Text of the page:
Internet Censorship In Southeast Asia
Have you ever been forbidden of speaking out of your mind? How did you feel about it? Freedom of speech is a concept we all know well. Living in America allows us to speak our minds and express ourselves without fear of censorship. With the power of the Internet and social networks, we can simply log on to any site and bash how bad the government is doing, or setup a protest with a simple Facebook fan page. However, there are some countries around the world where something as big as the Internet is being placed under censorship and government control. Even after years of technological advance, these residents are still not allowed to use the Internet or social networks. They are censored by the governments, kings, and presidents; every post and blog is looked at. Every site they visit is first reviewed, they have to watch out what they write and become responsible for it.
One of the article that I read on WSJ was titled Thailand Tightens Web’s Leash by James Hookway; he talked about the Thailand’s control on social media sites such as Youtube, Facebook or Twitter. King Bhumbihol is not allowing people to post defamatory comments regarding the monarchy and if found, they charge with a crime. Even websites in Thailand are responsible for their content. Chiranuch Premchaiporn, who is webmaster, was arrested for being too slow to delete antiroyal messages at her web form (less than 20 minutes) . And if she is convicted, she will be put in jail for 20 years. This is happening not only in Thailand, but also other countries like China and Vietnam. China itself censors search results from Google. Forbidding social media such as Facebook, Twitter, Youtube, and Google are not only effect on the users, but also effect on the economy and the investors. Global companies are now starting to take into account a country’s policy on internet censorship because they feel that as the result of this, their profits and ability to expand maybe affected.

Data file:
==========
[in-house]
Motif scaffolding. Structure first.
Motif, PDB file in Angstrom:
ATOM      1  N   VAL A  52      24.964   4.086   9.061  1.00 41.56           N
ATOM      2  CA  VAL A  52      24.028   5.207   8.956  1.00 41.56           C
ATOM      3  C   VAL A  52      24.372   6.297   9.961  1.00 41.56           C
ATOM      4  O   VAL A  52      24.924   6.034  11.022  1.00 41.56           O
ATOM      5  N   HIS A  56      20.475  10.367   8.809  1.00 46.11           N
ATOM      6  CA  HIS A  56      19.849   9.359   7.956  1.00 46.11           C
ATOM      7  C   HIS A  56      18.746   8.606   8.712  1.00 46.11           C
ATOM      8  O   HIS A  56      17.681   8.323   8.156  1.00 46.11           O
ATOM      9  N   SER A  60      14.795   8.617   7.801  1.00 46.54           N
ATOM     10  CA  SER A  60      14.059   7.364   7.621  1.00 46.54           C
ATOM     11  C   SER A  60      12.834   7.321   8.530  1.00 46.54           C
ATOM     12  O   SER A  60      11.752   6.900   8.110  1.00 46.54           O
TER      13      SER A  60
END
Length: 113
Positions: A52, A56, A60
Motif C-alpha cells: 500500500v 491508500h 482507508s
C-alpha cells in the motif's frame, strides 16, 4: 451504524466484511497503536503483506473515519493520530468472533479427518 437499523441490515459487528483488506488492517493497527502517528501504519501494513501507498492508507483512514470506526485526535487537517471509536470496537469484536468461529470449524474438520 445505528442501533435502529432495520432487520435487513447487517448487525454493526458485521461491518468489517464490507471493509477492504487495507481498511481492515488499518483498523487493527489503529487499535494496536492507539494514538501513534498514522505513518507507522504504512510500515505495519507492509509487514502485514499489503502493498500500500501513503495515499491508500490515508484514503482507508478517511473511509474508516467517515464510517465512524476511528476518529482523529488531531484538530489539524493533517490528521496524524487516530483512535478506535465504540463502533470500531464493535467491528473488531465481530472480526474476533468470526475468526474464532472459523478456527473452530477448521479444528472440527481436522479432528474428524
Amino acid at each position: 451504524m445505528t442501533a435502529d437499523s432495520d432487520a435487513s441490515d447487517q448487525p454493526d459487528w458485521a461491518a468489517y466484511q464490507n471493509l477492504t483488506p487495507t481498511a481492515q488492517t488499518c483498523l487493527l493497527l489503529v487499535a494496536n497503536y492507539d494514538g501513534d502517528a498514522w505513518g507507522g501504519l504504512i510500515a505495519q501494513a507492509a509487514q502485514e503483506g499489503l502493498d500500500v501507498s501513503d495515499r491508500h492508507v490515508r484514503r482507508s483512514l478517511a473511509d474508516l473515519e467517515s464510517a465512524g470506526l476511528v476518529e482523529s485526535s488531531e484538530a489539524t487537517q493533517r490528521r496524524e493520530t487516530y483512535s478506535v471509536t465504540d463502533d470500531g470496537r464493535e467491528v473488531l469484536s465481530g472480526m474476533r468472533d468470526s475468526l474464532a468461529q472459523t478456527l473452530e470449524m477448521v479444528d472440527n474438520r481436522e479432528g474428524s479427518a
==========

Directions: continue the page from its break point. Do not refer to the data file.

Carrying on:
Those governments look at sites like Facebook as a way for media to go against them. Much of the world witnessed the power of social media against government in Egypt. These governments fear many more of these protests will happen and they are uneasy and worried about it, so they keep protecting themselves by forbidding freedom of speech.
Do you think we are going to see more revolutions like what happened Egypt in the near future? Should global companies in these countries or even our government get involved?
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